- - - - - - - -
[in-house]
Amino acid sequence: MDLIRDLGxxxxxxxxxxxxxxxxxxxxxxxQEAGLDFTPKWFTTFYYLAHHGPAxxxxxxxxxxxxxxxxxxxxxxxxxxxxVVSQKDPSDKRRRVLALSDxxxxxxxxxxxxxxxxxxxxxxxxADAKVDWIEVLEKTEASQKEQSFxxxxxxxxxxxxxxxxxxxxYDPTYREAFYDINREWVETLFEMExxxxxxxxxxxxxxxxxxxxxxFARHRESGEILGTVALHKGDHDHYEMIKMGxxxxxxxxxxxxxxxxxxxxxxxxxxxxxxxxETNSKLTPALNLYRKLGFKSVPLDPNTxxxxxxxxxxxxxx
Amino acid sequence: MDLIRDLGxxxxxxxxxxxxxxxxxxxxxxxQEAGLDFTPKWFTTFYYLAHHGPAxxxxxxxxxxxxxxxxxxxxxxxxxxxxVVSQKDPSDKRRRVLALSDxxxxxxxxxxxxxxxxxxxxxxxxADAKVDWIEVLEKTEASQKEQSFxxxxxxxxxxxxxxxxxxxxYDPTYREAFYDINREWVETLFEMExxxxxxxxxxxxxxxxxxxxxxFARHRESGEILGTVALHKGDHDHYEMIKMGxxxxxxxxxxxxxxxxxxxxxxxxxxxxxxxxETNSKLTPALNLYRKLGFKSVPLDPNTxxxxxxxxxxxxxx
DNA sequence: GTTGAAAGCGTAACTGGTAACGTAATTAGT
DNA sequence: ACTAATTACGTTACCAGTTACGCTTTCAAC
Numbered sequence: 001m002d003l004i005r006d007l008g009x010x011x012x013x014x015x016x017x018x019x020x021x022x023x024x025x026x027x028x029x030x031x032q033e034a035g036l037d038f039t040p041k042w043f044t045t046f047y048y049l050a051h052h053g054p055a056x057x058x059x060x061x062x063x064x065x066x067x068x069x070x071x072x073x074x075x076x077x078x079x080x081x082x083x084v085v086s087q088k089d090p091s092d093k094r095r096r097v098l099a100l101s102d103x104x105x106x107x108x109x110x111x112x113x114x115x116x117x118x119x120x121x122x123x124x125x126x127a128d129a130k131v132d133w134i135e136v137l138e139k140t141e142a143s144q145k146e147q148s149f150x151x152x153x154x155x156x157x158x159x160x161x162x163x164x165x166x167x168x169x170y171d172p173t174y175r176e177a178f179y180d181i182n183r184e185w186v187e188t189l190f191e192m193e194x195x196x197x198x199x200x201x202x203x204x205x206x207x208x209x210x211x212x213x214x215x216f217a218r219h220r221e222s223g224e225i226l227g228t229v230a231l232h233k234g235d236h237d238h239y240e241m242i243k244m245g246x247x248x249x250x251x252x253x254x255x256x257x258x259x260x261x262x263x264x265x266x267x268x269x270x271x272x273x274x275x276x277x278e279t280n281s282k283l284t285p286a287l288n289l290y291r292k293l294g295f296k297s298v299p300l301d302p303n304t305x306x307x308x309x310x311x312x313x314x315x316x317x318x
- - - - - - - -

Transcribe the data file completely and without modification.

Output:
[in-house]
Amino acid sequence: MDLIRDLGxxxxxxxxxxxxxxxxxxxxxxxQEAGLDFTPKWFTTFYYLAHHGPAxxxxxxxxxxxxxxxxxxxxxxxxxxxxVVSQKDPSDKRRRVLALSDxxxxxxxxxxxxxxxxxxxxxxxxADAKVDWIEVLEKTEASQKEQSFxxxxxxxxxxxxxxxxxxxxYDPTYREAFYDINREWVETLFEMExxxxxxxxxxxxxxxxxxxxxxFARHRESGEILGTVALHKGDHDHYEMIKMGxxxxxxxxxxxxxxxxxxxxxxxxxxxxxxxxETNSKLTPALNLYRKLGFKSVPLDPNTxxxxxxxxxxxxxx
Amino acid sequence: MDLIRDLGxxxxxxxxxxxxxxxxxxxxxxxQEAGLDFTPKWFTTFYYLAHHGPAxxxxxxxxxxxxxxxxxxxxxxxxxxxxVVSQKDPSDKRRRVLALSDxxxxxxxxxxxxxxxxxxxxxxxxADAKVDWIEVLEKTEASQKEQSFxxxxxxxxxxxxxxxxxxxxYDPTYREAFYDINREWVETLFEMExxxxxxxxxxxxxxxxxxxxxxFARHRESGEILGTVALHKGDHDHYEMIKMGxxxxxxxxxxxxxxxxxxxxxxxxxxxxxxxxETNSKLTPALNLYRKLGFKSVPLDPNTxxxxxxxxxxxxxx
DNA sequence: GTTGAAAGCGTAACTGGTAACGTAATTAGT
DNA sequence: ACTAATTACGTTACCAGTTACGCTTTCAAC
Numbered sequence: 001m002d003l004i005r006d007l008g009x010x011x012x013x014x015x016x017x018x019x020x021x022x023x024x025x026x027x028x029x030x031x032q033e034a035g036l037d038f039t040p041k042w043f044t045t046f047y048y049l050a051h052h053g054p055a056x057x058x059x060x061x062x063x064x065x066x067x068x069x070x071x072x073x074x075x076x077x078x079x080x081x082x083x084v085v086s087q088k089d090p091s092d093k094r095r096r097v098l099a100l101s102d103x104x105x106x107x108x109x110x111x112x113x114x115x116x117x118x119x120x121x122x123x124x125x126x127a128d129a130k131v132d133w134i135e136v137l138e139k140t141e142a143s144q145k146e147q148s149f150x151x152x153x154x155x156x157x158x159x160x161x162x163x164x165x166x167x168x169x170y171d172p173t174y175r176e177a178f179y180d181i182n183r184e185w186v187e188t189l190f191e192m193e194x195x196x197x198x199x200x201x202x203x204x205x206x207x208x209x210x211x212x213x214x215x216f217a218r219h220r221e222s223g224e225i226l227g228t229v230a231l232h233k234g235d236h237d238h239y240e241m242i243k244m245g246x247x248x249x250x251x252x253x254x255x256x257x258x259x260x261x262x263x264x265x266x267x268x269x270x271x272x273x274x275x276x277x278e279t280n281s282k283l284t285p286a287l288n289l290y291r292k293l294g295f296k297s298v299p300l301d302p303n304t305x306x307x308x309x310x311x312x313x314x315x316x317x318x